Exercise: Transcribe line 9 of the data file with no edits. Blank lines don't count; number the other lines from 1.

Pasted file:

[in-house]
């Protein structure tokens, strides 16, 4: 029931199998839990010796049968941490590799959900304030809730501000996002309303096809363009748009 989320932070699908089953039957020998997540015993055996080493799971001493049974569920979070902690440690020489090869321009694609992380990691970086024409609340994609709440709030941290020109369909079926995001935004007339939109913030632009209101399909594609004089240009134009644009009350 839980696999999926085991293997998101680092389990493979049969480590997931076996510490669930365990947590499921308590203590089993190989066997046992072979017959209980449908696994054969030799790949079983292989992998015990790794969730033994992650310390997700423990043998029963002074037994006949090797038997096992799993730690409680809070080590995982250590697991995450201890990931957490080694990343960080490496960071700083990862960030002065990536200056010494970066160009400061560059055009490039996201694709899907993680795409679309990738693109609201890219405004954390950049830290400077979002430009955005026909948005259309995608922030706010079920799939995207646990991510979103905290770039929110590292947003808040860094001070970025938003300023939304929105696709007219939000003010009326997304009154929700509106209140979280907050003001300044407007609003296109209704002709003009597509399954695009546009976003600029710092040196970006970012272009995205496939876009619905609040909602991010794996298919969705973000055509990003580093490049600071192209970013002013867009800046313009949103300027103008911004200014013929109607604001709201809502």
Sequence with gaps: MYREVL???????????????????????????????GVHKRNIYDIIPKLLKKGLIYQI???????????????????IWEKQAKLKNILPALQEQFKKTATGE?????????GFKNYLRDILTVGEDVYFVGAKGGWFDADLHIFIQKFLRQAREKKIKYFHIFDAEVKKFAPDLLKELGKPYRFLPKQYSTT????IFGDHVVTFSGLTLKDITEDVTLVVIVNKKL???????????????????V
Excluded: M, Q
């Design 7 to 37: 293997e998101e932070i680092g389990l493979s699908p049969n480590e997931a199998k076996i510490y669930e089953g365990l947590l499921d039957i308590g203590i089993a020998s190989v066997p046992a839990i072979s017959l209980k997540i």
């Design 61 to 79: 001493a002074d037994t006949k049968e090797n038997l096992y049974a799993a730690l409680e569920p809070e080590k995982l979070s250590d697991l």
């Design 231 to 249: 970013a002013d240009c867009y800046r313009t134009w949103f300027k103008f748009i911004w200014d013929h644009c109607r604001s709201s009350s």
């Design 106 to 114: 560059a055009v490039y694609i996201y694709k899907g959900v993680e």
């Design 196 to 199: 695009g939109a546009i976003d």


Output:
């Design 196 to 199: 695009g939109a546009i976003d």